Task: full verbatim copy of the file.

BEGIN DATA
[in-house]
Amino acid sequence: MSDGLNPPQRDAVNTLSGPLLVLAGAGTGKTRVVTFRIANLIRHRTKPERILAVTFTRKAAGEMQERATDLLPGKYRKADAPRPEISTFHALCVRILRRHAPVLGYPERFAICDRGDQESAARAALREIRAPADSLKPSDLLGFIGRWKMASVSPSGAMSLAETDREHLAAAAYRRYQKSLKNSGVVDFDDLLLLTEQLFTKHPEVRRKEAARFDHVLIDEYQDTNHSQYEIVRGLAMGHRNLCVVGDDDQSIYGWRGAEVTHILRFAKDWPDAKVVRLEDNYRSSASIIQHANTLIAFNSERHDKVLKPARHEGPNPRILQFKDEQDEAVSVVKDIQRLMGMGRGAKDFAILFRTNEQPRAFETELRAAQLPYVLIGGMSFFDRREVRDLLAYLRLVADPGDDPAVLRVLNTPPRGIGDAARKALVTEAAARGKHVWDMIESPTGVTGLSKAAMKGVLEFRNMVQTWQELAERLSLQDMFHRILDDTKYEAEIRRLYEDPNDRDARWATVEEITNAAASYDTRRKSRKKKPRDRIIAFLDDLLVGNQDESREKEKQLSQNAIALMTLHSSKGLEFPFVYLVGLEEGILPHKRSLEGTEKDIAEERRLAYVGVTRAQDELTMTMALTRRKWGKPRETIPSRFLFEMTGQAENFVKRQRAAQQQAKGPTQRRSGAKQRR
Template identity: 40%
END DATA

[in-house]
Amino acid sequence: MSDGLNPPQRDAVNTLSGPLLVLAGAGTGKTRVVTFRIANLIRHRTKPERILAVTFTRKAAGEMQERATDLLPGKYRKADAPRPEISTFHALCVRILRRHAPVLGYPERFAICDRGDQESAARAALREIRAPADSLKPSDLLGFIGRWKMASVSPSGAMSLAETDREHLAAAAYRRYQKSLKNSGVVDFDDLLLLTEQLFTKHPEVRRKEAARFDHVLIDEYQDTNHSQYEIVRGLAMGHRNLCVVGDDDQSIYGWRGAEVTHILRFAKDWPDAKVVRLEDNYRSSASIIQHANTLIAFNSERHDKVLKPARHEGPNPRILQFKDEQDEAVSVVKDIQRLMGMGRGAKDFAILFRTNEQPRAFETELRAAQLPYVLIGGMSFFDRREVRDLLAYLRLVADPGDDPAVLRVLNTPPRGIGDAARKALVTEAAARGKHVWDMIESPTGVTGLSKAAMKGVLEFRNMVQTWQELAERLSLQDMFHRILDDTKYEAEIRRLYEDPNDRDARWATVEEITNAAASYDTRRKSRKKKPRDRIIAFLDDLLVGNQDESREKEKQLSQNAIALMTLHSSKGLEFPFVYLVGLEEGILPHKRSLEGTEKDIAEERRLAYVGVTRAQDELTMTMALTRRKWGKPRETIPSRFLFEMTGQAENFVKRQRAAQQQAKGPTQRRSGAKQRR
Template identity: 40%